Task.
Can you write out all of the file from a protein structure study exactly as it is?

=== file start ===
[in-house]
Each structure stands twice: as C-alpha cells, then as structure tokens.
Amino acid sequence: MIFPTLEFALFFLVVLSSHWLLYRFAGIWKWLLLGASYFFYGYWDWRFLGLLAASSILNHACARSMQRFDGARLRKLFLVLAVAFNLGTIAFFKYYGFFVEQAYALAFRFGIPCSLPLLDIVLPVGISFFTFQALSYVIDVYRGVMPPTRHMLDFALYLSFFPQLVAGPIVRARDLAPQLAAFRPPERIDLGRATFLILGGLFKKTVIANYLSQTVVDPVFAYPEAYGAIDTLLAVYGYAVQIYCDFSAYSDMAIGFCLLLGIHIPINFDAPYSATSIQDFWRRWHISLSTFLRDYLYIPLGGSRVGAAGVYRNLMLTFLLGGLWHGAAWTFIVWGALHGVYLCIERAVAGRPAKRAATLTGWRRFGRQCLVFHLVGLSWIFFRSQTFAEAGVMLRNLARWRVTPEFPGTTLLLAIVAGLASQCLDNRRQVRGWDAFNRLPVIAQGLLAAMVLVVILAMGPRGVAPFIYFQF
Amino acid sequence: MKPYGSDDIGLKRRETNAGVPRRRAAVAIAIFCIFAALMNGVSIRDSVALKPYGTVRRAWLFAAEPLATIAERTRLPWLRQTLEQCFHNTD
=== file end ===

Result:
[in-house]
Each structure stands twice: as C-alpha cells, then as structure tokens.
Amino acid sequence: MIFPTLEFALFFLVVLSSHWLLYRFAGIWKWLLLGASYFFYGYWDWRFLGLLAASSILNHACARSMQRFDGARLRKLFLVLAVAFNLGTIAFFKYYGFFVEQAYALAFRFGIPCSLPLLDIVLPVGISFFTFQALSYVIDVYRGVMPPTRHMLDFALYLSFFPQLVAGPIVRARDLAPQLAAFRPPERIDLGRATFLILGGLFKKTVIANYLSQTVVDPVFAYPEAYGAIDTLLAVYGYAVQIYCDFSAYSDMAIGFCLLLGIHIPINFDAPYSATSIQDFWRRWHISLSTFLRDYLYIPLGGSRVGAAGVYRNLMLTFLLGGLWHGAAWTFIVWGALHGVYLCIERAVAGRPAKRAATLTGWRRFGRQCLVFHLVGLSWIFFRSQTFAEAGVMLRNLARWRVTPEFPGTTLLLAIVAGLASQCLDNRRQVRGWDAFNRLPVIAQGLLAAMVLVVILAMGPRGVAPFIYFQF
Amino acid sequence: MKPYGSDDIGLKRRETNAGVPRRRAAVAIAIFCIFAALMNGVSIRDSVALKPYGTVRRAWLFAAEPLATIAERTRLPWLRQTLEQCFHNTD